In addition to buying giant newspaper ads trying to convince local Aberdonians that wind turbines are evil, The Donald had just written a letter to the Scottish government arguing that wind turbines will foil Scotland's chances of independence from the UK. This brings me to my fourth, and soapyest-box of points: Mr. Trump, you have absolutely no business meddling in Scottish politics. The Scottish people are fully capable of deciding their own future in regard to golf, independence and green energy without any help from your PR minions. You cannot simply tell the government of Scotland "You're Fired!" You can't even vote them out because you're not a Scottish citizen . . . unless you want us to question your birth certificate too.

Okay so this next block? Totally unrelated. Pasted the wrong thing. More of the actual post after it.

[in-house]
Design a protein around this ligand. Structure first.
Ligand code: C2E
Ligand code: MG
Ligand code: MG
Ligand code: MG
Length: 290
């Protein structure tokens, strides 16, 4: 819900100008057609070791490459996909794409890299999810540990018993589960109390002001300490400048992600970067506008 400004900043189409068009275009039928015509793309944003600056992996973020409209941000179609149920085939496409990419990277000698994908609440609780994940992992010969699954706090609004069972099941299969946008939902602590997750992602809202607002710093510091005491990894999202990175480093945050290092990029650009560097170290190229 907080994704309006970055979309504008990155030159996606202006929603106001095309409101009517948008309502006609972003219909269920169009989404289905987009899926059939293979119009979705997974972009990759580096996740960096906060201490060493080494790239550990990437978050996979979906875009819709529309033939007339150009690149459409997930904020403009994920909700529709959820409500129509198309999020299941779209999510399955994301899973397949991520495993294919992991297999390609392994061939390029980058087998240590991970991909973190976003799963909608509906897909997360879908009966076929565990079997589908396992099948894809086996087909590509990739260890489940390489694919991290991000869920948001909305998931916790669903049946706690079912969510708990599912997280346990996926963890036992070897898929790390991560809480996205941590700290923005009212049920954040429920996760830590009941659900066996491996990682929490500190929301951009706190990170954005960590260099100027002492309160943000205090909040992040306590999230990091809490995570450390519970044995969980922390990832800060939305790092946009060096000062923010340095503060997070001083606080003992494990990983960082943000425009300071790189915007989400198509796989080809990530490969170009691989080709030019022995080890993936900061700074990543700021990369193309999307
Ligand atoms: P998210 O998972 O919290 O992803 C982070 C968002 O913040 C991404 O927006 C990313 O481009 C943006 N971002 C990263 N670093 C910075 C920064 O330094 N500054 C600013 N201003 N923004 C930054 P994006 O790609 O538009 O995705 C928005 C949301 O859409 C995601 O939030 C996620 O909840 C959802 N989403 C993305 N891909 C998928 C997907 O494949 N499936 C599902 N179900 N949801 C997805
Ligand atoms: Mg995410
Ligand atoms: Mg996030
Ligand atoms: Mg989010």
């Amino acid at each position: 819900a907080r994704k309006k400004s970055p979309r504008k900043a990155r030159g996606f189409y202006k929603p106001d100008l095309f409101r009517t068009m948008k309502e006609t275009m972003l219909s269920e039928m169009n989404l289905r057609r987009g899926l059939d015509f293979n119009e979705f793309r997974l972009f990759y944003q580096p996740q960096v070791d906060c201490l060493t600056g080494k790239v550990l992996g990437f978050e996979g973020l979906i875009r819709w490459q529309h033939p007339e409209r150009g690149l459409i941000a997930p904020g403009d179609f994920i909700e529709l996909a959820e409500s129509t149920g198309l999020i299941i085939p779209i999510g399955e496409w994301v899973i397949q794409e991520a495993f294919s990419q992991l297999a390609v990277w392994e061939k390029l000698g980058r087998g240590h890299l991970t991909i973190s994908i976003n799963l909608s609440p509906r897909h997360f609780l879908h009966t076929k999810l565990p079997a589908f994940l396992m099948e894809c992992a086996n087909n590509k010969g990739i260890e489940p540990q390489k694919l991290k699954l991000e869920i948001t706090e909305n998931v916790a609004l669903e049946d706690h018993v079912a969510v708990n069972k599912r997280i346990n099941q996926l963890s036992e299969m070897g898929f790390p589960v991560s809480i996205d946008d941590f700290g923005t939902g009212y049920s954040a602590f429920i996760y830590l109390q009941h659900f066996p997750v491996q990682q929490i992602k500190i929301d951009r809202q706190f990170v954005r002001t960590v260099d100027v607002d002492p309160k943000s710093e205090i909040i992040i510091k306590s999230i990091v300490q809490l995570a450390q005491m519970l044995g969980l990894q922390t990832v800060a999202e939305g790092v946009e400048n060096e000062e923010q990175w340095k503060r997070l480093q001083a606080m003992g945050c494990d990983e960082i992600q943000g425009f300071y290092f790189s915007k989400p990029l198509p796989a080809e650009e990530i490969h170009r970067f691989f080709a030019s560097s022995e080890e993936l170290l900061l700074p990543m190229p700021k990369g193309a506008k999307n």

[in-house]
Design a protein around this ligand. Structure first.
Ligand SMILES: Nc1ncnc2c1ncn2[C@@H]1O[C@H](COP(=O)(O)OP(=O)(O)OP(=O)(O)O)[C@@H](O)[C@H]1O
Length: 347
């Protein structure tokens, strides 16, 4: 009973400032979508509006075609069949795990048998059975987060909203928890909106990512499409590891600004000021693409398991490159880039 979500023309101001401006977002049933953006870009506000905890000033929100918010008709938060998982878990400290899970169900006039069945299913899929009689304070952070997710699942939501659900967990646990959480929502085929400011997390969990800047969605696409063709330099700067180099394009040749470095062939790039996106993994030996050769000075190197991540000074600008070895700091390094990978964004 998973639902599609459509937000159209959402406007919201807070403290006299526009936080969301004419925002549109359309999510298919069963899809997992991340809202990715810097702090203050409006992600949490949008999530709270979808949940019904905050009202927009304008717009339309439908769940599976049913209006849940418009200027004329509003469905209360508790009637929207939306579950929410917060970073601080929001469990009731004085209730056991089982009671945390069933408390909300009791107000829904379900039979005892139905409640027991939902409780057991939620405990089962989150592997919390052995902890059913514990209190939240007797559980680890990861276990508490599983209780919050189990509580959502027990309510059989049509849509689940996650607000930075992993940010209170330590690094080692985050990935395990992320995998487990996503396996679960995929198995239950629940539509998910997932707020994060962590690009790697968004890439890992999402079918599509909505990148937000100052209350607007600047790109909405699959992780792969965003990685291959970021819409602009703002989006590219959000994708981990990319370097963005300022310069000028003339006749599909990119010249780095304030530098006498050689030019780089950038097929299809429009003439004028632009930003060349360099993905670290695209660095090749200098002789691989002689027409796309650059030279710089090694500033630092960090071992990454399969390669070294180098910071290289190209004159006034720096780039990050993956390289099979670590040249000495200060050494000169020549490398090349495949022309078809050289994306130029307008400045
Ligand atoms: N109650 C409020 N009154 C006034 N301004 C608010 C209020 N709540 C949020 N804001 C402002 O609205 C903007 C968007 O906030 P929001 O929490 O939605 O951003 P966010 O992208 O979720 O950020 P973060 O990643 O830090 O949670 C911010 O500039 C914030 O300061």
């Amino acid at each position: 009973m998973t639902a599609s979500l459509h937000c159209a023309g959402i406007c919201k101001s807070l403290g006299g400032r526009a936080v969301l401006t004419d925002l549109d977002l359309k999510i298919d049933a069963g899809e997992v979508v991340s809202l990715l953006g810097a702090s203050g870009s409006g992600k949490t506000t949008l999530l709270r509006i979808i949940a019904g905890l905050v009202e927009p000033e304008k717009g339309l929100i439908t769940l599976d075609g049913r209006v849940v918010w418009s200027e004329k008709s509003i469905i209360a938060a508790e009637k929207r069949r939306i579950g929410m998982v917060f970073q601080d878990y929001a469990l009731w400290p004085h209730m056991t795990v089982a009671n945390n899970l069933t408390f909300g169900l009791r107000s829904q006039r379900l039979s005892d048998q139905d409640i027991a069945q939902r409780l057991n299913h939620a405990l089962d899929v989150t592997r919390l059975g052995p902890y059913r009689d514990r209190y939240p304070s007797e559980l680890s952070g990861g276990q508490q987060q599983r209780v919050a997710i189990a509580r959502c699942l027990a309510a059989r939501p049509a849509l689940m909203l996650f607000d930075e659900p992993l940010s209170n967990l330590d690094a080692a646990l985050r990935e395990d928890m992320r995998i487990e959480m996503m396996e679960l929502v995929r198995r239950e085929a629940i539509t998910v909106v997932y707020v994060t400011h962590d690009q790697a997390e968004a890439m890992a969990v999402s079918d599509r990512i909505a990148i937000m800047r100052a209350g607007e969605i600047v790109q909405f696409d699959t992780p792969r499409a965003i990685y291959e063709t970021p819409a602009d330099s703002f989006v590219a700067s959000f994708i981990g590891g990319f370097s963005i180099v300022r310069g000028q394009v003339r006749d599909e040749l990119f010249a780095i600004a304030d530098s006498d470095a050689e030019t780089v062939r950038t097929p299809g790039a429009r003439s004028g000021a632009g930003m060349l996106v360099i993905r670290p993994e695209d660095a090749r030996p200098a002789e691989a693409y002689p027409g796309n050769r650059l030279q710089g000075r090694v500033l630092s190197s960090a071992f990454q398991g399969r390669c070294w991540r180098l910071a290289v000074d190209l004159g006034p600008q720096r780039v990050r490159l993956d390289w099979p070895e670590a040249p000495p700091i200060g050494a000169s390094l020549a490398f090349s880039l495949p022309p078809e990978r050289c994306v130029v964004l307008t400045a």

Saturday, April 21, 2012

Scottish Food: From the Braw Bangers to the Bellywashers

(Braw = good, Bangers = sausages, Bellywasher = pint of beer)

But mark the Rustic, haggis-fed,
The trembling earth resounds his tread.
-Robert Burns, Address to Haggis

Ah, Scottish food. Where to begin? It is the subject of so many myths that perhaps it is best to first lay a couple of those to rest.

Myth 1: Scottish food is the same as English food (i.e. terrible). Now that’s just untrue and unfair. Scotland has historical ties to France and therefore the Scottish people have long been exposed to fine sauces and lovingly prepared roasted meats. That they completely missed the French cooking lesson on green vegetables is the fault of the climate. While pub grub in Scotland shares many a dish with pub grub in England, Scottish cuisine has its own unique style. Perhaps most importantly, Scotland has top notch seafood and beef to rival the best the in the world!